If you are to the point in your training (or your life) that you feel like just looking at a piece of cauliflower pizza crust causes you to gain 5 lbs, you’re not alone. To combat the weight gain, (or lack of weight loss), maybe you decide to start running more. Maybe you even decide you're going to start doing triathlons, or train for a marathon. You bike over 100 miles a week, or maybe you run between 30 and 70 miles a week. You’ve been doing this for 12 months to 10 years. You not only can’t lose weight but you are actually starting to gain weight. You add more miles, join a new group of running partners, you try adding hills or sprints, but still nothing.
There is a 1989 Danish study shows that a group of 9 sedentary women trained for 18 months for a marathon and not one of them lost weight. Actually, the majority of them gained weight.
Here is what’s going on.
All endurance training lacks intensity. Meaning those 30-70 miles per week is all sustainable aerobic work. Even when runners do sprints, they are usually not nearly intense enough to add the stimulus necessary to actually lose weight. Stay tuned and I’ll explain.
When you are training in the aerobic zone and lower intensity, specifically anything sustainable for over 2 to 3 minutes, you are teaching your body to store carbohydrates. You do this because you are telling your body that you are in need of conserving energy, your body is getting used to you training for longer bouts and it goes into a mode that will hold onto carbs that you can use later when you need them. This adds up and is then converted into fat.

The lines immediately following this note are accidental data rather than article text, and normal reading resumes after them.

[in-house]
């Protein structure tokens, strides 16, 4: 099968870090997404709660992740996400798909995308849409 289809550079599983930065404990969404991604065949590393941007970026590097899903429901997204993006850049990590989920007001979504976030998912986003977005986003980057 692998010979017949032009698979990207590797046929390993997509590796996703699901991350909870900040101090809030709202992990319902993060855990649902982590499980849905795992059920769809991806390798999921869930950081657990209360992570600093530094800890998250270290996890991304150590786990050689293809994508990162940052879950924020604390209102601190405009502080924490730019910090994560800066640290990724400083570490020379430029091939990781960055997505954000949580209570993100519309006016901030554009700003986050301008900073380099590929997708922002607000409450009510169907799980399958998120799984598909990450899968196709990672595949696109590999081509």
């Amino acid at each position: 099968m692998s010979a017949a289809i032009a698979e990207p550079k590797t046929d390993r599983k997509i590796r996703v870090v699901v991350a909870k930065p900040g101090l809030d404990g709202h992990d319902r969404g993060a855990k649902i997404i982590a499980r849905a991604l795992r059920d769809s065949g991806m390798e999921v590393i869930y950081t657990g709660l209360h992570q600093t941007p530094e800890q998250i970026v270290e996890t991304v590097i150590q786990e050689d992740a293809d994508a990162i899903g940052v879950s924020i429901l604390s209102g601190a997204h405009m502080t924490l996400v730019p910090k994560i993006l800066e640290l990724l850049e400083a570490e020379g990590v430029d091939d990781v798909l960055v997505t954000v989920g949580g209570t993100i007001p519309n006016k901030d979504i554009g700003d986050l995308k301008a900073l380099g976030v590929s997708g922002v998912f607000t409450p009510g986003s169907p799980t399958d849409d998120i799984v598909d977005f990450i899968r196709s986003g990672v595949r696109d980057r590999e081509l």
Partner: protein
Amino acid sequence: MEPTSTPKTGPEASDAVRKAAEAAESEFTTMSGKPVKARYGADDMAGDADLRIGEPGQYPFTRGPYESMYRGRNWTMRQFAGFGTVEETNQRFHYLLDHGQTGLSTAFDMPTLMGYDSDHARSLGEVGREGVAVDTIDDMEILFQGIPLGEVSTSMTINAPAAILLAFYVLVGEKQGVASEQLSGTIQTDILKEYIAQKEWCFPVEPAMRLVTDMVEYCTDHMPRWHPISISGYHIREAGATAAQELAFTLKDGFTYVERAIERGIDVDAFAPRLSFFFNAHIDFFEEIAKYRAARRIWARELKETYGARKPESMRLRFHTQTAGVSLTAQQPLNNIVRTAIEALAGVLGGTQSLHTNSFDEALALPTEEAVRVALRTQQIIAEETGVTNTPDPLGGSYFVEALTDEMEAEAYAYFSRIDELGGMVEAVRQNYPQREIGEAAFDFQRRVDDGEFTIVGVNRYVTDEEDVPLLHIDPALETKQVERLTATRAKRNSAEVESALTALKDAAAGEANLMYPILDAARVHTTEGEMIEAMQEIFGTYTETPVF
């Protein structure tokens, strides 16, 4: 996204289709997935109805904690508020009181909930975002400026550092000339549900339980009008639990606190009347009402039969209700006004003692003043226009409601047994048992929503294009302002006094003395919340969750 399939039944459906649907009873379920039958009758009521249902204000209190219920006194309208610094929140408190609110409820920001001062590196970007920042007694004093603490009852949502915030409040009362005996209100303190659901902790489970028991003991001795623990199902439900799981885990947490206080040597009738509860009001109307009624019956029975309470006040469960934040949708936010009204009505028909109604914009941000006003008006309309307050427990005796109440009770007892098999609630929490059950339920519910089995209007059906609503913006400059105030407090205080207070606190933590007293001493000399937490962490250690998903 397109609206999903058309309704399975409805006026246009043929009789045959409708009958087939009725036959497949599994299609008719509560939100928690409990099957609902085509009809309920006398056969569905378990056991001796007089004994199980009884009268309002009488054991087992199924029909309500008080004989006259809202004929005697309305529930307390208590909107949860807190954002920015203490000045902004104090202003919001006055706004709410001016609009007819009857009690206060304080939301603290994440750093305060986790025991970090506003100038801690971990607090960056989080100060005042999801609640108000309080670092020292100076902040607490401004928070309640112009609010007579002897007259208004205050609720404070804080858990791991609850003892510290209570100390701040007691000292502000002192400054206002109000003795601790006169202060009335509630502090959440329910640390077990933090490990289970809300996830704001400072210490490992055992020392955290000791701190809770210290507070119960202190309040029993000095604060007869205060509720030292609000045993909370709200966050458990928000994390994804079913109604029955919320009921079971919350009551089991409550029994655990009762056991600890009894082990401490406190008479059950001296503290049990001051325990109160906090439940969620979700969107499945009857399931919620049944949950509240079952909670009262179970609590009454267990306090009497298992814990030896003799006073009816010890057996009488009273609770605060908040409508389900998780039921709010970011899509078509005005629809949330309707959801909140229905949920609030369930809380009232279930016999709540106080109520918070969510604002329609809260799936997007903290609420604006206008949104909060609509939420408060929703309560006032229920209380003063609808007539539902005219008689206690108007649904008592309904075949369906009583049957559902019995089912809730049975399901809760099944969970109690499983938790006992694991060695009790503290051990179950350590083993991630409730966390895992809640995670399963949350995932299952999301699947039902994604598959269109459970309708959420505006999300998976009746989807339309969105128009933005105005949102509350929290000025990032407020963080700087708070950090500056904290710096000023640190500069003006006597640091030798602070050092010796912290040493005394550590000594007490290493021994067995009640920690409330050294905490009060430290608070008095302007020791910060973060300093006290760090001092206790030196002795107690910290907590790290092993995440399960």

Long efforts of cardio or anything over 2-3 minutes, causes a release of cortisol, a stress hormone in your system. It’s a catabolic hormone that has several negative effects on the body. The effects that you want to worry about when it comes to weight gain are water retention and bloating. That’s right, endurance athletes release more cortisol, which forces weight gain and bloating. Clothes start to fit tighter and you feel heavier.
Stop running so many aimless miles each week.
I don’t think anyone who is not a professional marathon runner should be running anything more than 25 miles in a week at the most.
Recover appropriately from all training.
This means adequate sleep at about 8.5 hours, whole foods and responsible hydration throughout the day. This will help blunt the catabolic response of cortisol.
Do high intensity interval training.
Simply put… run much faster, lift much heavier loads and train aggressively for shorter bouts with more maximal efforts.